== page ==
• Sitting on the Roof: Max, Ben, Alec, Logan, etc. have done this on the Space Needle.
  • Sliding Scale of Idealism vs. Cynicism: More cynical, but with fair amounts of humor.
  • Smug Snake: Ames White, Renfro, and Lydecker's subordinate, Sandoval.
  • The Social Darwinist: The Familiars cult believes they are meant to replace baseline humans as a result of their superior breeding. Ames White even mocks the idea that "the meek shall inherit the Earth" explicitly.
  • Stealth Hi/Bye: Max to Logan, constantly.
  • Stoic Spectacles: Alec when pretending to be Simon Lehane. Logan, all the time.
  • Sugar-and-Ice Personality: Max.
  • Super Breeding Program: The purpose of The Familiars.
  • Super Soldier:
    • What the X5s and most of the Manticore "mutants" were designed for.
    • The South African Red Series are convicts who had their sentences commuted in exchange for being pressganged into service. They're fitted with an implant that increases their combat abilities, making them better fighters than even the X-5s, but drastically reduces their lifespan. Max has to take on one of their implants to stand a chance against them.
  • Superhuman Transfusion: To Logan.
  • Suspiciously Similar Substitute: CeCe and Biggs were supposed to be return appearances by Syl and Krit, but the actors' schedules didn't work out.
  • Theme Twin Naming: Max and Sam. None of the other twins fit.
  • They Look Like Us Now: The Familiars intentionally provoke this reaction in the populace by revealing that there are not only obvious "monster" transgenics but also the human-looking X-series living among them.
  • Third Party Stops Attack: A Breeder Elite Soldier is beating on Logan when Joshua intervenes in this manner.
  • Third-Person Person: Original Cindy and Diamond.
  • Tomboyish Name: Max, obviously. And her twin Sam and sister Jace. And an X6 who chooses the name Ralph, which Max points out is a boy's name. Max, however, could be short for Maxine, like Chris, from Christina, Sam from Samantha, and Alex, from Alexandra, whereas Ralph isn't usually short for anything.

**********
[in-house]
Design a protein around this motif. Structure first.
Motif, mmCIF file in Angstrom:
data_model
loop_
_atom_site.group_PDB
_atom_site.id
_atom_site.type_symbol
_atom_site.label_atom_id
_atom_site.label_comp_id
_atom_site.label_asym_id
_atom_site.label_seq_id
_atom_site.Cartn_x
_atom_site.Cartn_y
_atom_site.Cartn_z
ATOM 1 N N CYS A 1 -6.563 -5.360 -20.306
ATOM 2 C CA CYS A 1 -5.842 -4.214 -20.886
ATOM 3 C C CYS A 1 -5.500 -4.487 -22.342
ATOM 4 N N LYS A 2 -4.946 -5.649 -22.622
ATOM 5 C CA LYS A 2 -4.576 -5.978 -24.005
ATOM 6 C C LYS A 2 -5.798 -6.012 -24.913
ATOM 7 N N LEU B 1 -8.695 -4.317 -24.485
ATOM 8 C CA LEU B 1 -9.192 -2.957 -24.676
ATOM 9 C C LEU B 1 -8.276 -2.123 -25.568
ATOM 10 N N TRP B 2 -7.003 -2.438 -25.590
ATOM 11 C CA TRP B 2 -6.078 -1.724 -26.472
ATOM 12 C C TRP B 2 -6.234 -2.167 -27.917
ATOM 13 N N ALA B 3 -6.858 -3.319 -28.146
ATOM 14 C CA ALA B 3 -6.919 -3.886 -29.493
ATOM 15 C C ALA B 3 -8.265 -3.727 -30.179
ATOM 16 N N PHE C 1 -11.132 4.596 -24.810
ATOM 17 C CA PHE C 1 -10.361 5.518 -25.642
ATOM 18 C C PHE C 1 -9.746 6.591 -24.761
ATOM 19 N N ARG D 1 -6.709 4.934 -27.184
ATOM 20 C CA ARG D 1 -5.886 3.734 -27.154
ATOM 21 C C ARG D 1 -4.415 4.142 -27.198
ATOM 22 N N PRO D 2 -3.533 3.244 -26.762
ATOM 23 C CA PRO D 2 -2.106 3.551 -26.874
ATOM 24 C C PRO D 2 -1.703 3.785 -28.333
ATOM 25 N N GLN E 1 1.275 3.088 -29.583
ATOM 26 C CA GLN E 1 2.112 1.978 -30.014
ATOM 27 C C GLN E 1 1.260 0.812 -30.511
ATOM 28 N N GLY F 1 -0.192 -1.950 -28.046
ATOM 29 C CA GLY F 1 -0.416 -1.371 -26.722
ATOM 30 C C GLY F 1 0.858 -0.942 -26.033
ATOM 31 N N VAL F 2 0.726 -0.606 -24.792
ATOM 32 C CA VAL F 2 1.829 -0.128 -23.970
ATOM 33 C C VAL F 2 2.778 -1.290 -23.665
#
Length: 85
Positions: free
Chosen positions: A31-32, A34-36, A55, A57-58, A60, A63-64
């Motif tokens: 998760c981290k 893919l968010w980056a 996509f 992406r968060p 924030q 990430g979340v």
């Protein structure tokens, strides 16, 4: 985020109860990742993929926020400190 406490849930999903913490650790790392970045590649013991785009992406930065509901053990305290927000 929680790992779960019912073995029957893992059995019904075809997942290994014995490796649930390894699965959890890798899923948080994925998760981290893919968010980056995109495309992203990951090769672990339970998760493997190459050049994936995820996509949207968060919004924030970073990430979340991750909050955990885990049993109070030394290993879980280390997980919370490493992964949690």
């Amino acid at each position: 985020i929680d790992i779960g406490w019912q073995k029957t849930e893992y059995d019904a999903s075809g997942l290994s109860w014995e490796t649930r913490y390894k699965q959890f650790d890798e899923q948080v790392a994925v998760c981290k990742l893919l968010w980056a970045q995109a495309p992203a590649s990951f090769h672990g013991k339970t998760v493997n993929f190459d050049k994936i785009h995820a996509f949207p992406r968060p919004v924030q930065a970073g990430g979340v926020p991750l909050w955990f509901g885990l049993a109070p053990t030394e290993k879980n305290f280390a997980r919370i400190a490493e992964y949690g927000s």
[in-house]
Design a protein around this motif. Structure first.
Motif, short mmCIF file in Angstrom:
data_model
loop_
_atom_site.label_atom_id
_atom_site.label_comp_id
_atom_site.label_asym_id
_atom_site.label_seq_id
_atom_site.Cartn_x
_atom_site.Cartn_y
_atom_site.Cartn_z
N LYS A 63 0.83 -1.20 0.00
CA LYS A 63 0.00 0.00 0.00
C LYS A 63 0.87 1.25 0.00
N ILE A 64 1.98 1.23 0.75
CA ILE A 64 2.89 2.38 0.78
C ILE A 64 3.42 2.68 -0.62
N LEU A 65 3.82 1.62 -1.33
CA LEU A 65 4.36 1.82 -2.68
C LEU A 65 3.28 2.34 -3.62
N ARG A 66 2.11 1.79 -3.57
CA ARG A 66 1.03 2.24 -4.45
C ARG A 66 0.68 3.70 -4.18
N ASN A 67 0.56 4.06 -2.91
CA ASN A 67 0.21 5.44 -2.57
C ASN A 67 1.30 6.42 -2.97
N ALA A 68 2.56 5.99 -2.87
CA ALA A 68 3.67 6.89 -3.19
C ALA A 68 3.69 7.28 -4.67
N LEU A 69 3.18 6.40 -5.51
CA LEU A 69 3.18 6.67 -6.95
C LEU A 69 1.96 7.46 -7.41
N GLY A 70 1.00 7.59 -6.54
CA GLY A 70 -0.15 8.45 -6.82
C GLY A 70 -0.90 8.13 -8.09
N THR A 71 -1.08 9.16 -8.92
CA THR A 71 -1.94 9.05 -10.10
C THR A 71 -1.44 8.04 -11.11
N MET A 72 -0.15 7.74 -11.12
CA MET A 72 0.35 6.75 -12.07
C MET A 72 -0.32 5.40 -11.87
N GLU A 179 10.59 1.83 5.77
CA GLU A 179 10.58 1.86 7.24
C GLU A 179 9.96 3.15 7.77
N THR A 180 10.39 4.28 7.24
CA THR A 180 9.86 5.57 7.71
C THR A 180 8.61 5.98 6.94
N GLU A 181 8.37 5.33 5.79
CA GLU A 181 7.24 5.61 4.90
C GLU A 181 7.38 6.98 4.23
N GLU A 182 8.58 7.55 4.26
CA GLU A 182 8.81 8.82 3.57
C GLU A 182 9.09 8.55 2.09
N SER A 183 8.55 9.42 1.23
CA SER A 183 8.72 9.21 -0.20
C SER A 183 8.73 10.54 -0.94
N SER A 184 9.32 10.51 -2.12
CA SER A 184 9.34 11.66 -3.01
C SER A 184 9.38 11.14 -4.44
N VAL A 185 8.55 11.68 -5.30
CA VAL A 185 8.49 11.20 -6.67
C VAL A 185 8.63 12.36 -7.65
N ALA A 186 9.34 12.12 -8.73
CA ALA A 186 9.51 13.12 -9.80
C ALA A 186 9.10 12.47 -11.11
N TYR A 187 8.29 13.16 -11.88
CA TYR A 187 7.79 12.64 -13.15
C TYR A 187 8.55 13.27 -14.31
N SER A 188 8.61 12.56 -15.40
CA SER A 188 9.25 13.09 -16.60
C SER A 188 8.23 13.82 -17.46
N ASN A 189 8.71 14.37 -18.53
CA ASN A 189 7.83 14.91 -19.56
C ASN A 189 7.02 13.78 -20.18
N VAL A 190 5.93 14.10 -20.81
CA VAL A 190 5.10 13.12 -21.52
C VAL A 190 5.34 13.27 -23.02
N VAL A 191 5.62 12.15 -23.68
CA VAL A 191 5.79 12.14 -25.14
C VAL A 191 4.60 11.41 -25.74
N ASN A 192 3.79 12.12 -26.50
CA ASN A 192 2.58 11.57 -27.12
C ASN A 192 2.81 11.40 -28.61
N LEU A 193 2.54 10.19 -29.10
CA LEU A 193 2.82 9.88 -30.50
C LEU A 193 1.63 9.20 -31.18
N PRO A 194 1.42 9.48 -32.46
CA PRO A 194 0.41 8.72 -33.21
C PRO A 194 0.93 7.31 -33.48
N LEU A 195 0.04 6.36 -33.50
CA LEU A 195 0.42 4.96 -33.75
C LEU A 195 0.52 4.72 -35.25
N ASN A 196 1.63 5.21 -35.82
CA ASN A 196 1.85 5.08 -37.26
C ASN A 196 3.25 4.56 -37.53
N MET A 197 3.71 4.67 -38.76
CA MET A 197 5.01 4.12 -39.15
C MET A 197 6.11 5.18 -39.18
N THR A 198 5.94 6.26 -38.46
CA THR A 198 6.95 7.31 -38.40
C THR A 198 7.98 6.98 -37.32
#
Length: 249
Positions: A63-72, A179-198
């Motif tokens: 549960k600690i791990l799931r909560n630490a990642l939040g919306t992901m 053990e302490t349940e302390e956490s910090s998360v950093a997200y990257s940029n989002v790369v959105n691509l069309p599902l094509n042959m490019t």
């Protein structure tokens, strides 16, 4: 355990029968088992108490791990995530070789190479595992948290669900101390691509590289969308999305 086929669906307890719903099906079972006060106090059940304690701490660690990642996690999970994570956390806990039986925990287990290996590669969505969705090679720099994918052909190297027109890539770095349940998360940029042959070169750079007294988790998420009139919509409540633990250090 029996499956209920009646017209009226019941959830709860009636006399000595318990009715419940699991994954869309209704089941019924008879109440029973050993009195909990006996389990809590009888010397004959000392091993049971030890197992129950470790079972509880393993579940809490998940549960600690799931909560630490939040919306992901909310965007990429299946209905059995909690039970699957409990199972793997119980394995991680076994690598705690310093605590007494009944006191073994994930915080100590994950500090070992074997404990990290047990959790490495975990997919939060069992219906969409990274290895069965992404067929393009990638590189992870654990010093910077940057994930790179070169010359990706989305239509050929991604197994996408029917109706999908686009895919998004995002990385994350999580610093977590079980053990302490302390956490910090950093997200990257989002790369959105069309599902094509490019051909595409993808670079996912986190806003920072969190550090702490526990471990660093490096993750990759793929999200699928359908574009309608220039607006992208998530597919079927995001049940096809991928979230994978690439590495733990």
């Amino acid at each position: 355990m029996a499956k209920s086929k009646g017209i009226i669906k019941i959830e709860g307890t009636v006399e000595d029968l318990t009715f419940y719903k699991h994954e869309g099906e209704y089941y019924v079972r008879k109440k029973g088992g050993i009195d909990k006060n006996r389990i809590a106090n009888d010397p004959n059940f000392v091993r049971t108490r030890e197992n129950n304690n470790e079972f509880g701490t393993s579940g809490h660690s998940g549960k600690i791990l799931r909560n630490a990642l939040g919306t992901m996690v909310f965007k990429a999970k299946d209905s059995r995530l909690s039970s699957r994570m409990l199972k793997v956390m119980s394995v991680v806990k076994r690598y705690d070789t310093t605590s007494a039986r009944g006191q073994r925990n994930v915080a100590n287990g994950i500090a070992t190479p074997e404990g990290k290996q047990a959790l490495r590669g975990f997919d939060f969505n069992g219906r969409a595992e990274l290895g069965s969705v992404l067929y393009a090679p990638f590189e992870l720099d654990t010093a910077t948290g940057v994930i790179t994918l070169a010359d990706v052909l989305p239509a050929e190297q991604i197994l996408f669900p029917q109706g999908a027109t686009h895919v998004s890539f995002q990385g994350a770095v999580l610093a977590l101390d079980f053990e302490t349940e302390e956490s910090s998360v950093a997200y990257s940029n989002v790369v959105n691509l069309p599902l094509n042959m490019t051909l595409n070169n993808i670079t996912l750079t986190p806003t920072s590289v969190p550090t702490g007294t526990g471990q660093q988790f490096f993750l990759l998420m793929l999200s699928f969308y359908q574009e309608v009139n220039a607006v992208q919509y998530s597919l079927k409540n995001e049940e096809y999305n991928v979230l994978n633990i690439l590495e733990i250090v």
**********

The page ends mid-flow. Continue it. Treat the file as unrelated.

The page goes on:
• Totally Radical: Watch with the sound off. This is an incredibly beautiful, very cinematic series, whose dialogue tries so hard to be Young and Hip that it may actually cause brain damage.
  • Transgender: One episode has Jam Pony's resident square Normal get into a relationship with a trans woman. When he finds out, he's still quite willing to go out with her, but she dumps him and expresses interest in resident lesbian Original Cindy, who is repulsed.
  • True Companions:
    • Max, Original Cindy, and Sketchy.
    • Max, Alec and Joshua in season 2.
  • Twofer Token Minority: "Original Cindy" is a black lesbian. Max is also a Latina and transgenic.
  • Tyke Bomb:
    • The X5s again. Abused TykeBombs.
    • Also the X7s.
  • The Unmasqued World: By the end of the series, the existence of transgenics is known to the public and the identities of the X5s who could pass as humans are exposed. This leads to Fantastic Racism.
  • Urban Segregation: Most of Seattle (and any other American city) is slum, but there are still nice areas. They tend to have more security now. Additionally, citizens need special "sector passes" to move in between the different areas of the city.
  • Used to Be a Sweet Kid: Ben and Isaac.
  • Voice of the Resistance: Eyes Only. This is a Streaming Freedom video bulletin. It cannot be traced, it cannot be stopped, and it is the only free voice left in this city.
  • Wunza Plot: And often enough, They Fight Crime!.
  • Weaksauce Weakness: Max (and all the rest of the X5s) doesn't manufacture enough serotonin due to flaws in the genetic engineering, requiring her to buy supplements of pure tryptophan (milk is only a stop-gap measure) or her seizures could get bad enough that she'd shut down every month or so. Her brother Jack died of this before the escape. This lead to some Worf Had the Flu moments when she wasn't able to get the medicine in time in the first season, but was later dropped without explanation. However, it was implied that when she was recaptured by Manticore, Max was "fixed" and thus, stopped having seizures.
  • A World Half Full
  • Would Hurt a Child: Max has no qualms about beating up a boy smaller than she is ("Exposure"). Then again, he a) has telekinetic powers (which he used to fling her all over the place before being Distracted by the Sexy as explained above) and b) was looking forward to watching her die before she revealed that she was faking being ill...
  • You Are Number 6: Max is 452, Sam is 453, Ben is 493, Alec is 494, Zack is 599, Tinga is 656, etc.
  • Your Door Was Open: Max and Zack often appear in Logan's apartment without warning. They are basically ninjas.